I have just finished reading a very informative book by Jane Goodall on the subject of Food. Harvest for Hope: A Guide to Mindful Eating has led me to reconsider the way I buy and cook and eat food. Much of it is based on common sense and natural practices (What would a chimp choose to eat? Have you ever seen an overweight chimp in the wild?), and much of it exposes the insanity that is our factory food production here in the “civilized” world. How civilized is it to cram thousands of chickens together in a cage, remove their beaks so that they can’t peck each other to death, pump them with antibiotics and force them to cannibalize their own kind by giving them non-vegetarian feed? And then to slaughter them, ship their polluted flesh over thousands of miles burning fossil fuels, and eat it? I was not thinking about that when I bought Super Saver packages of chicken breasts at my local super market. I think about it now.
And here is the surprising gift of hope: my children have been thinking about this for years. I didn’t lead the way.
Here is another arena of hope: reclaiming, salvaging and recycling living space. My daughter and her fiance purchased a home that had been severely water damaged and mold and mildew infested. The inhabitants had moved out to hospice care and died; the house was abandoned, but the water wasn’t shut off. In the winter freeze and thaw, the pipes broke and flooded the place. What a mess! But Joe comes from a family line of carpenters and construction wizards. He has completely re-worked the house: plumbing, electric, heating, floor plan and surfaces. He’s gotten neighbors, friends and family involved in the labor and in donating fixtures. The final step will be relocating the back yard garden. You see, this house is just a few doors down the street from the one they’ve rented for the past 3 years. So, by their wedding date one year from this month, they will have their own home and garden. They are marvelous role models for sustainable living, and I am so proud of them! Yesterday I went down to visit and take pictures. They sent me home with a bunch of produce from their garden. I am so grateful and awed by how life unfolds. The next generation is certainly capable of taking responsibility and working hard in a sustainable direction. Let’s just hope many of them choose to!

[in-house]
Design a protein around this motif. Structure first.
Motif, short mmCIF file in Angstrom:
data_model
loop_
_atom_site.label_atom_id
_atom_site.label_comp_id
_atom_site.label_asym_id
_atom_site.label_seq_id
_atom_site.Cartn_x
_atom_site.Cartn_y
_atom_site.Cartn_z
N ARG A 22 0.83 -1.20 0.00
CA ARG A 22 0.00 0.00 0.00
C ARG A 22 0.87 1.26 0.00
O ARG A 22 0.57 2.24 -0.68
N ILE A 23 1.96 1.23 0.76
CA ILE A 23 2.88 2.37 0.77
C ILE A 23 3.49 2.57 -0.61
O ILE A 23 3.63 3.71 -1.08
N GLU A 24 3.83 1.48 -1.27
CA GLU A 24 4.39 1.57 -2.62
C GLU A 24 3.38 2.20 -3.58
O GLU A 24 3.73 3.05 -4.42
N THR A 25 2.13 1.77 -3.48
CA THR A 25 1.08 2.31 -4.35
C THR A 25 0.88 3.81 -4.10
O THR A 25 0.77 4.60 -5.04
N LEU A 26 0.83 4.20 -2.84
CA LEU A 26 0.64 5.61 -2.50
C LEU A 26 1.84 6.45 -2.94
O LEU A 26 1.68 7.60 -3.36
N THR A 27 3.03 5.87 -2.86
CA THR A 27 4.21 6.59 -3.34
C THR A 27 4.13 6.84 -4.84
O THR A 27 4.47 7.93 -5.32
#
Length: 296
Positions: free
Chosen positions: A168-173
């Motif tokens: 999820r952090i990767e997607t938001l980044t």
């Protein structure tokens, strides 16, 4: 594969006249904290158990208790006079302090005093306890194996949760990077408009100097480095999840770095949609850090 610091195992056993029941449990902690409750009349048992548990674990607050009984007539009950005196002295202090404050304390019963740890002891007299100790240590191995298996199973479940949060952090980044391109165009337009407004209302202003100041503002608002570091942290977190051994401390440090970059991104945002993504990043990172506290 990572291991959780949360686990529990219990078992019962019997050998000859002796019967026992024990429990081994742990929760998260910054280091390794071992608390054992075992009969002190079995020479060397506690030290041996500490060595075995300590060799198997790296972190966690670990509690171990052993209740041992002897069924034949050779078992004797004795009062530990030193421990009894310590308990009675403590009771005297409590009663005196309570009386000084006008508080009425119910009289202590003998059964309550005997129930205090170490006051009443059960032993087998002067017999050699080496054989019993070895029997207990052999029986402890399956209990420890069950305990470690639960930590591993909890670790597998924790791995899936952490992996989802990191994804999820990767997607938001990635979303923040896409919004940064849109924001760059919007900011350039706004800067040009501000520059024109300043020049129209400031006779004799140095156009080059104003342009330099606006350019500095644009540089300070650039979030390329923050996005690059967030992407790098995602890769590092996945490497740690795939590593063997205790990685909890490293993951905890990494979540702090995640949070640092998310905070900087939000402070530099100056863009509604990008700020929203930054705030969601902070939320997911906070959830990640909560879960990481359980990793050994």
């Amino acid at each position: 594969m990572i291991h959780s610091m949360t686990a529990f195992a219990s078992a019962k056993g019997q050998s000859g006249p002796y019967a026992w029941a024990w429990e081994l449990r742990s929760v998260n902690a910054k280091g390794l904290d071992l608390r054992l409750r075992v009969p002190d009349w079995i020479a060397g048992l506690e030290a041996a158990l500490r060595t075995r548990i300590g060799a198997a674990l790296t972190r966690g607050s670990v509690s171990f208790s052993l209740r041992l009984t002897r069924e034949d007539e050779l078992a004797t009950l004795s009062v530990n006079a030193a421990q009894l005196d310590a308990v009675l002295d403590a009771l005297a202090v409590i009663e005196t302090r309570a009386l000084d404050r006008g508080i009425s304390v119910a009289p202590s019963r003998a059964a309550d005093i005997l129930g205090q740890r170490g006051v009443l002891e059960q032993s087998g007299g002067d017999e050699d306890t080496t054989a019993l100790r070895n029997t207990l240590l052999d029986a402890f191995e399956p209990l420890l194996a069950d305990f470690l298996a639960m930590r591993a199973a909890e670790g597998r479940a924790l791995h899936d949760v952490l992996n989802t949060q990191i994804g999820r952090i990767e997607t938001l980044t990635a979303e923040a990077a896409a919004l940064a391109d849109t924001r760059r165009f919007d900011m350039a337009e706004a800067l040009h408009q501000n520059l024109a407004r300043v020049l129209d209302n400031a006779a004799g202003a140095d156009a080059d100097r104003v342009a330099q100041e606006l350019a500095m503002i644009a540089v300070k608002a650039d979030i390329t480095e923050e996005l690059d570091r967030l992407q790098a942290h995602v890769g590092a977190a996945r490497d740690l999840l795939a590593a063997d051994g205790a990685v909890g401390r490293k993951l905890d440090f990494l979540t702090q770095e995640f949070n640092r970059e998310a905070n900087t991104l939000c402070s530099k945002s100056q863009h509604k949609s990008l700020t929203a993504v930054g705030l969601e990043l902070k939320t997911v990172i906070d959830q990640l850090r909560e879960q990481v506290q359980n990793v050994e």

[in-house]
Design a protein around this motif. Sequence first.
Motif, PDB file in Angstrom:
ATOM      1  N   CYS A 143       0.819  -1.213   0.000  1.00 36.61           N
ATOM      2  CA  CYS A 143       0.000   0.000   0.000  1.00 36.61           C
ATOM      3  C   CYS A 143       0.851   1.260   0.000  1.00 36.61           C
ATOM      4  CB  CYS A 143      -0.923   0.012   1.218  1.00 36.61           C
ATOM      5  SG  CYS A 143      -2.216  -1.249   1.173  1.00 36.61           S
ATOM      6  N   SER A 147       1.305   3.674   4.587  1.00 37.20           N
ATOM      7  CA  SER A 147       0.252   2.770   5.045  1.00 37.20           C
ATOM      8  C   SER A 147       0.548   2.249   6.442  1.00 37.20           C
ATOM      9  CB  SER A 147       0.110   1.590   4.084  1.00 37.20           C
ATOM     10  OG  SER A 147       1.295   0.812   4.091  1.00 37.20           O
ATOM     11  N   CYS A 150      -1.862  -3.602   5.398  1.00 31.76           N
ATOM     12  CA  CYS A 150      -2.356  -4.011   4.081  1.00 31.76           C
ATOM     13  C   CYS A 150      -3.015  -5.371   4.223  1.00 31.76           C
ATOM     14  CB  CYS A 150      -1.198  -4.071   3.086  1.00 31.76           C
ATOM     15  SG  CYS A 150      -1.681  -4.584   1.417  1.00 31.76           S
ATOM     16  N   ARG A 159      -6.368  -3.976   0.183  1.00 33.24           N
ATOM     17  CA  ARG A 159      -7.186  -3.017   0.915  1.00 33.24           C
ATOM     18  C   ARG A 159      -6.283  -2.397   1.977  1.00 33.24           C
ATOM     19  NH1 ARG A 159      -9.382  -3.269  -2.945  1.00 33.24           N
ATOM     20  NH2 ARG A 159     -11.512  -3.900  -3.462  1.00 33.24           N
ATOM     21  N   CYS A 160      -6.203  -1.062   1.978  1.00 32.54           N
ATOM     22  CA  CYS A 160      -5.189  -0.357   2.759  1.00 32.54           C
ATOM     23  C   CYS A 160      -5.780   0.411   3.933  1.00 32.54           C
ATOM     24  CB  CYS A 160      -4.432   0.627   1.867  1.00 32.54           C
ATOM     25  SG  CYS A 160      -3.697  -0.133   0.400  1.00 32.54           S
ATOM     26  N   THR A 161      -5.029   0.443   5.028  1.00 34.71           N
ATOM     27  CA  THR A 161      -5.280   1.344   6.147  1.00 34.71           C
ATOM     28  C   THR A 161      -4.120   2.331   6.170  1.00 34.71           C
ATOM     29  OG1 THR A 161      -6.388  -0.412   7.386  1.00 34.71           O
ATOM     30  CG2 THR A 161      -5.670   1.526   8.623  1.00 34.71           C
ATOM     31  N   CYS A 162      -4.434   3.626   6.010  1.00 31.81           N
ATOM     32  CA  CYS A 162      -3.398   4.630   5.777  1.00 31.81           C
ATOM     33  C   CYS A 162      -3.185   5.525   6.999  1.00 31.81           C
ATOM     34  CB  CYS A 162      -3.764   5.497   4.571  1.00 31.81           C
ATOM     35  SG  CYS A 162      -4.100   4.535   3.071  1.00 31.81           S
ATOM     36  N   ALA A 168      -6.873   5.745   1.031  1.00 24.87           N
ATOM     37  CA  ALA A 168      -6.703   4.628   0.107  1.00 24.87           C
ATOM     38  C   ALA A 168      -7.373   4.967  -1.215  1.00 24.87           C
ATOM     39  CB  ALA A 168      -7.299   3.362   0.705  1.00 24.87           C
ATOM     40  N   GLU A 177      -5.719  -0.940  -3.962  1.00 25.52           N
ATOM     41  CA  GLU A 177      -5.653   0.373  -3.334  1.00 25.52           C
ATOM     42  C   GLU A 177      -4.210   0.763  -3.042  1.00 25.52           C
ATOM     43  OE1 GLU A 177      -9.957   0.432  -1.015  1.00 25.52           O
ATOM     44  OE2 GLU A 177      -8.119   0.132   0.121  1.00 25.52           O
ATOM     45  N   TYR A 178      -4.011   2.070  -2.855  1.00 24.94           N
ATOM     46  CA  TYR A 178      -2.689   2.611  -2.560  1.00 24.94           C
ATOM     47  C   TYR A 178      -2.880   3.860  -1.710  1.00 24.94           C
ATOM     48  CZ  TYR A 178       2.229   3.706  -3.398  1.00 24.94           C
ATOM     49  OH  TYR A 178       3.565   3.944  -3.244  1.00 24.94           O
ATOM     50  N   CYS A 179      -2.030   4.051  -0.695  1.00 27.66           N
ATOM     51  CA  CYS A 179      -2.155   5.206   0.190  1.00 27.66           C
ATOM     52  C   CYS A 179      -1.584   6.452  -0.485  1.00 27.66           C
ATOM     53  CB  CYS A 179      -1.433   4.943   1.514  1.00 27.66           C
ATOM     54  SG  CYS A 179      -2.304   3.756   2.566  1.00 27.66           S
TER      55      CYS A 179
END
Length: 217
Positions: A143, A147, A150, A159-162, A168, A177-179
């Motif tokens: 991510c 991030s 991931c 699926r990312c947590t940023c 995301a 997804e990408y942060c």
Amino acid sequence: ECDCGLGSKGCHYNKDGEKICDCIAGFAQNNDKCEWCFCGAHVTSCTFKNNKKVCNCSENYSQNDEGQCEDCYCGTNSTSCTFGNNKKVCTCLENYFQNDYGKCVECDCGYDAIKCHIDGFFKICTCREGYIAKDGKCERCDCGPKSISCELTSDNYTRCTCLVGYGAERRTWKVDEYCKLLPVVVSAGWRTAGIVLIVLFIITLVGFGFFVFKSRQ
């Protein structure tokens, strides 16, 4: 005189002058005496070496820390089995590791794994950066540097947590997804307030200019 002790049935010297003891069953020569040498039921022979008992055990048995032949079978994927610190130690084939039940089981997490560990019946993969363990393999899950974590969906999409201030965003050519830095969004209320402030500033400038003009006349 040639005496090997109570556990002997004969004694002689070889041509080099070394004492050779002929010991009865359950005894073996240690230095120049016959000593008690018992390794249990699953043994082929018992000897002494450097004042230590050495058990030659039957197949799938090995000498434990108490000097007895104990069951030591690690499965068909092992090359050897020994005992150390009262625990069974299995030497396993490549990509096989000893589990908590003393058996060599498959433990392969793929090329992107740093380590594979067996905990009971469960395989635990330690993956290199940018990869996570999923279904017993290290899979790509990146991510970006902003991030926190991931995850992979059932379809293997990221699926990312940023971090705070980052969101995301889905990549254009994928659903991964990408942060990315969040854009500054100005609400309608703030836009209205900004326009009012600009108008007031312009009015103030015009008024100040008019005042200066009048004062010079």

Late in the afternoon yesterday, some VIPs came to tour Old World Wisconsin. Unfortunately, they arrived only an hour before closing and didn’t have ample opportunity to view the 575 acres and 50 buildings that comprise this living history museum. So today, my day off, I took them back to the site and gave them a personal tour. I also secured for them a copy of the historical gardening book that our expert, Marcia Carmichael, published last year. Putting Down Roots: Gardening Insights from Wisconsin’s Early Settler’s includes historical references, tools and plot layouts, produce recipes from each ethnic area, and a lot of other wonderful information and sumptuous photographs of the meticulously researched and maintained gardens. I know this couple is beginning to practice organic gardening, and they are eager to learn all they can. In addition to that, the young man is a carpenter, and was thrilled to see the craftsmanship on the original structures. They were able to get some behind-the-scenes photos and detailed descriptions of the building methods of the 19th century. Each of the interpreters in the various houses were in fine form, communicating information and interest in a very friendly and professional manner. The weather was perfect for our visit, and we skipped the tram rides and walked the entire circuit of trails through the site. It was an altogether delightful tour, and I enjoyed seeing parts of the museum that hadn’t been included in my training schedule. I consider it a privilege to have been invited to host this marvelous young couple. Who were they? My daughter, Rebecca, and her boyfriend Joe.